Legal

Very few visitors to Mexico encounter legal issues, but there are some things to be aware of.

Mexico's legal system is based on the Napoleonic Code

  • This is similar to the system in France, Italy, Spain, Portugal
  • It is different from the system in the US, Canada, and the UK

There are some important systemic differences from what many Americans, Canadians, and Brits expect

  • Private prosecutions for crimes are possible
  • There's a different presumption about innocence
    • It's more common to detain people until a final determination is made
    • Criminal defendants may need to prove innocence
  • People can be detained until they've paid potential damages, even before any final determination has been made
    • A driver involved in a car crash might be held until they pay potential damages, even before any court proceedings take place
  • Rules of criminal and civil procedure are very different in Mexico compared to, say, the US

Civil rights differ from country to country

  • Mexico has very strong and clear civil rights
    • Many of the rights enumerated in Mexico's constitution apply to everyone irrespective of citizenship
  • Civil rights deriving from being a citizen of one country only apply within that country
    • As a visitor to Mexico, you have many civil rights, but not necessarily the same ones you might expect at home
      • You're not entitled to insist on any rights not granted to you in Mexico's constitution
    • In Mexico, only citizens may participate in political activity, including demonstrations or petitions
    • You may not have the same rights when you become involved in the legal system as in your home country

Visitors may have to follow different rules than citizens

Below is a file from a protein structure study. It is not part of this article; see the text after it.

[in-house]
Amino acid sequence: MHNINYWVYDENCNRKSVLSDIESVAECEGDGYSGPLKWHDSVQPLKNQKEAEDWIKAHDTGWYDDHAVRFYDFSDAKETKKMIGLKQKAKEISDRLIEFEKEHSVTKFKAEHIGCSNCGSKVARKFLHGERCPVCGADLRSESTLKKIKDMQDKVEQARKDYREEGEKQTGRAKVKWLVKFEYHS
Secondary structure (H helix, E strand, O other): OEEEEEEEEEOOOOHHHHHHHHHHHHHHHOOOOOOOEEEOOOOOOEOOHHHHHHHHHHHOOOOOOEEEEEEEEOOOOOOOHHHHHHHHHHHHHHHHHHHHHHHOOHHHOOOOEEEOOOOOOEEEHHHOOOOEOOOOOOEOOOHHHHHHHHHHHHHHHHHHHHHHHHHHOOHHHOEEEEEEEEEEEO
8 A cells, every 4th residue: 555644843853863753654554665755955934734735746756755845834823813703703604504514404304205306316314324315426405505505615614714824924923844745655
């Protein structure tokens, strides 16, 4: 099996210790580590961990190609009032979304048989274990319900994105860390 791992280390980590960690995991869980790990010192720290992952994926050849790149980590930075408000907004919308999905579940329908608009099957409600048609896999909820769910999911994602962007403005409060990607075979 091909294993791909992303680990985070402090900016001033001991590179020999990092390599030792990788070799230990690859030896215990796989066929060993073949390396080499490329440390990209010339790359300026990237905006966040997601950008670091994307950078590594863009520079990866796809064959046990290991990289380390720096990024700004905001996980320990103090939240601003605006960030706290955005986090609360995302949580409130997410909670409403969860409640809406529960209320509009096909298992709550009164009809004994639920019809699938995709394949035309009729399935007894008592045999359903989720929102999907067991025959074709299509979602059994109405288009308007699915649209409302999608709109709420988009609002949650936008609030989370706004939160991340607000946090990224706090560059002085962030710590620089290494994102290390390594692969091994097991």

• Just as everywhere else, just because something may be legal for a citizen doesn't mean it's necessarily legal for a visitor
  • Examples include:
    • Ownership of property in certain areas
    • The right to have weapons for self-defense
    • Participation in demonstrations or similar activities
    • Whether it's permissible to possess or use certain substances

What's legal in one country may not be in another

  • Mexico has very strict laws about weapons
    • Do not attempt to bring any firearms or ammunition unless you have an official permit to do so
    • Do not carry knives that could be seen as weapons (such as dive knives) around town
    • Do not bring personal defense weapons (chemical sprays, batons) with you to Mexico
  • Substances that you might be able to possess and use legally at home may be illegal in Mexico
    • It does not matter if you have a cannabis authorization at home - that doesn't apply in Mexico
    • Some substances that are over-the-counter in other countries are illegal in Mexico
      • Pseudoephedrine is banned, whether by itself or in combination with an antihistamine
      • There are no exceptions, even if you have a prescription from somewhere else
      • Tourists have been jailed for bringing in personal supplies of Sudafed®

Mexico has prescription and controlled substance laws similar to most other countries

  • Many medications don't require a prescription
    • You can probably get your blood pressure medication, erectile dysfunction medication, antidepressant, or insulin without a prescription
  • Antibiotics (all antibiotics except topical ones) require a prescription
  • Anabolic steroids require a prescription
  • Most medications considered controlled substances elsewhere are in Mexico as well, including
    • All opiate pain medication (which are nearly unobtainable even with a prescription)
    • All benzodiazepines
    • Sedative-hypnotics ("sleeping pills")
    • Barbiturates
    • If it's a controlled substance at home, it almost certainly is in Mexico
  • EpiPen® is not available in Mexico at all, though you can bring your own